Classics Illustrated relaunched with Rick Geary’s adaptation of Charles Dickens’ Great Expectations. Previously published in 1990, this short reprint hits the high notes of the story of orphan Pip growing up to become a gentleman.
I find illustrations very handy in understanding the context of a classic set in another time and place, and Geary doesn’t disappoint. His unique faces are well-suited to a story with so much conversation, since the cast can be instantly distinguished, and he shows their character on their faces. Of course, a 56-page graphic novel can’t capture all the depth and detail of Dickens’ book, but it’s fascinating seeing these outrageous characters brought to life in art: the frightening spinster Miss Havisham, the gentle blacksmith Joe, the escaped convict, Pip’s cruel sister who raised him, and of course the lovely and heartless Estella, raised to be an unfeeling object of desire.
The unusual life changes are also more plausible, seen on the page, although they can be quite sudden. Under it all, though, Pip’s confusion and feeling of not fitting in, wherever he goes, comes through the panels, as do the motivations of the other players. It’s dense with events and emotions, and the key messages come through. The well-off may not be the most noblest of people, and those we’re supposed to despise may be the truest of heart. Inner worth can’t be determined by social status.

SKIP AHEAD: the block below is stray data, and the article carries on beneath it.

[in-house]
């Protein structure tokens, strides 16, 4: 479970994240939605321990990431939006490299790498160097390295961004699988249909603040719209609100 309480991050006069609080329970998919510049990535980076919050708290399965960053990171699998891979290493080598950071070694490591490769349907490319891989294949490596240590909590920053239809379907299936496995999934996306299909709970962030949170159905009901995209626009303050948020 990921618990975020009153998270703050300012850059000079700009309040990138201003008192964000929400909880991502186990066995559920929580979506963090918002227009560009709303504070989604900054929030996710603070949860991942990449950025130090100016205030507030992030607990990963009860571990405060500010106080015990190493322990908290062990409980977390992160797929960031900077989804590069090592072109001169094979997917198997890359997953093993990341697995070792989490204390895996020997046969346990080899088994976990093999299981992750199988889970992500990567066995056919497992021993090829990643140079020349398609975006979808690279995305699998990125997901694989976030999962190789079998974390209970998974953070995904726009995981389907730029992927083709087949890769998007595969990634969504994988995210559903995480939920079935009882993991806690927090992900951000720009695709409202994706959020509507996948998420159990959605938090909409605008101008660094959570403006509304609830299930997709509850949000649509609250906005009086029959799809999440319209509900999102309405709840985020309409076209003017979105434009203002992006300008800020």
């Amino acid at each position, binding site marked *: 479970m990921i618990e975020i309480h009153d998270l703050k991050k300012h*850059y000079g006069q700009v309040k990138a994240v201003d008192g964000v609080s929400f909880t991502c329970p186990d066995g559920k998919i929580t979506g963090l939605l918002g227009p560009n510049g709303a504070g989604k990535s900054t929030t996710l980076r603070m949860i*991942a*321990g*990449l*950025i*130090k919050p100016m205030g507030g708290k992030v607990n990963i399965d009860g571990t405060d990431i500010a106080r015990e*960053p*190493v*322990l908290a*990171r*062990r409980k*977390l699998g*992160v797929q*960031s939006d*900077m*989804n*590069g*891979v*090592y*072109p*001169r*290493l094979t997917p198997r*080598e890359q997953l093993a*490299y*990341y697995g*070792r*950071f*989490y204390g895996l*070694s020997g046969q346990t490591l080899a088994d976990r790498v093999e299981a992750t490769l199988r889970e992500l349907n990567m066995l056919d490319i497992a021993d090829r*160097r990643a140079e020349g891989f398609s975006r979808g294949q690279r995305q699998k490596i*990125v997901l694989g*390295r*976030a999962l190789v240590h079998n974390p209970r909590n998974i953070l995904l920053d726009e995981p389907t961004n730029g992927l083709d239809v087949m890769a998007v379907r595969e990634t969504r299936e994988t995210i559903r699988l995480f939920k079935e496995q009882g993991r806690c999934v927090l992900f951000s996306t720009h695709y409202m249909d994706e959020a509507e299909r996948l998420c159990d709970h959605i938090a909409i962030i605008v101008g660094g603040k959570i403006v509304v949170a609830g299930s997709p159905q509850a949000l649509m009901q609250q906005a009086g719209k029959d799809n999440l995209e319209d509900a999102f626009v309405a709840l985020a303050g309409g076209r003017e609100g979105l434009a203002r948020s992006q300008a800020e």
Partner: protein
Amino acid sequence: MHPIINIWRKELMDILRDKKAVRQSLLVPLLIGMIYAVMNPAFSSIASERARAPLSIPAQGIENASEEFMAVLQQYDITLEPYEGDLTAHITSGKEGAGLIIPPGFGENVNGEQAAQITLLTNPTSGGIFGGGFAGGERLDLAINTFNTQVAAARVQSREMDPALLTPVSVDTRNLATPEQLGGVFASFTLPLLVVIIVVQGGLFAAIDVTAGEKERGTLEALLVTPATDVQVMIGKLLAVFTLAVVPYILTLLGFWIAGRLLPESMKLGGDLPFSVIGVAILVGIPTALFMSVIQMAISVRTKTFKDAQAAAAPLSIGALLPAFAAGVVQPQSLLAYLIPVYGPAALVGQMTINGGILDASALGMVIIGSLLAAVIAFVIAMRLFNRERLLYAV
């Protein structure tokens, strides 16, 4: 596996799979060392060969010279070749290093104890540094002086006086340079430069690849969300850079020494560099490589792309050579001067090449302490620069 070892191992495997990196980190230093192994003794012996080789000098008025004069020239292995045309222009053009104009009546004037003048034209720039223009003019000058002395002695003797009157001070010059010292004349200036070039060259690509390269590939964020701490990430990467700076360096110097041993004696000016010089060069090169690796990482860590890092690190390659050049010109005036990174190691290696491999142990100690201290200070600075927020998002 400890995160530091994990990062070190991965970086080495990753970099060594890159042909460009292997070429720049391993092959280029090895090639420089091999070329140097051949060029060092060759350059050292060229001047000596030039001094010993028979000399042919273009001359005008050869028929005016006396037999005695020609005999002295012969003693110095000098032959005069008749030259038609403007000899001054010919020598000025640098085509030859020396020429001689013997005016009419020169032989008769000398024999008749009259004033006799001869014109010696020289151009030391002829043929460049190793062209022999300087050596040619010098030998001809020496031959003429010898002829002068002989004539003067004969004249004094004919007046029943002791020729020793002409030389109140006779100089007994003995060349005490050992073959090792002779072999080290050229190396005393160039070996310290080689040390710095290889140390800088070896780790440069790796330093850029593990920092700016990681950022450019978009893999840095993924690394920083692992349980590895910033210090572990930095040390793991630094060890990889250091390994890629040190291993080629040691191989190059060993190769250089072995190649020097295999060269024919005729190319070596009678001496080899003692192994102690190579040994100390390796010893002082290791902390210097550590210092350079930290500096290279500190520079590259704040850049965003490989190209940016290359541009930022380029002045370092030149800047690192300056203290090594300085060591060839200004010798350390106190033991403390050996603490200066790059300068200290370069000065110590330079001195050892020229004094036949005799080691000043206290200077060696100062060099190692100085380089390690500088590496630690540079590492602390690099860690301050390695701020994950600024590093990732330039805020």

The revelations and coincidences come fast, as hidden pasts are revealed and previously unexpected connections show themselves. It’s an involving read, even beyond its literary pedigree. You won’t get the Dickens style or the eloquent language, but it’s a great introduction. Simplifying the material makes this particularly well-suited for a younger audience. Plus, the hardcover binding will stand up to rereading.
Rick Geary also wrote and drew the Treasury of Victorian Murder series. The other Classics Illustrated relaunch was The Wind in the Willows, which kicked off the Deluxe line. The Deluxe Classics Illustrated books are available in either hardcover or paperback (the regular line is hardcover only) at almost triple the length. (A complimentary copy for this review was provided by the publisher.)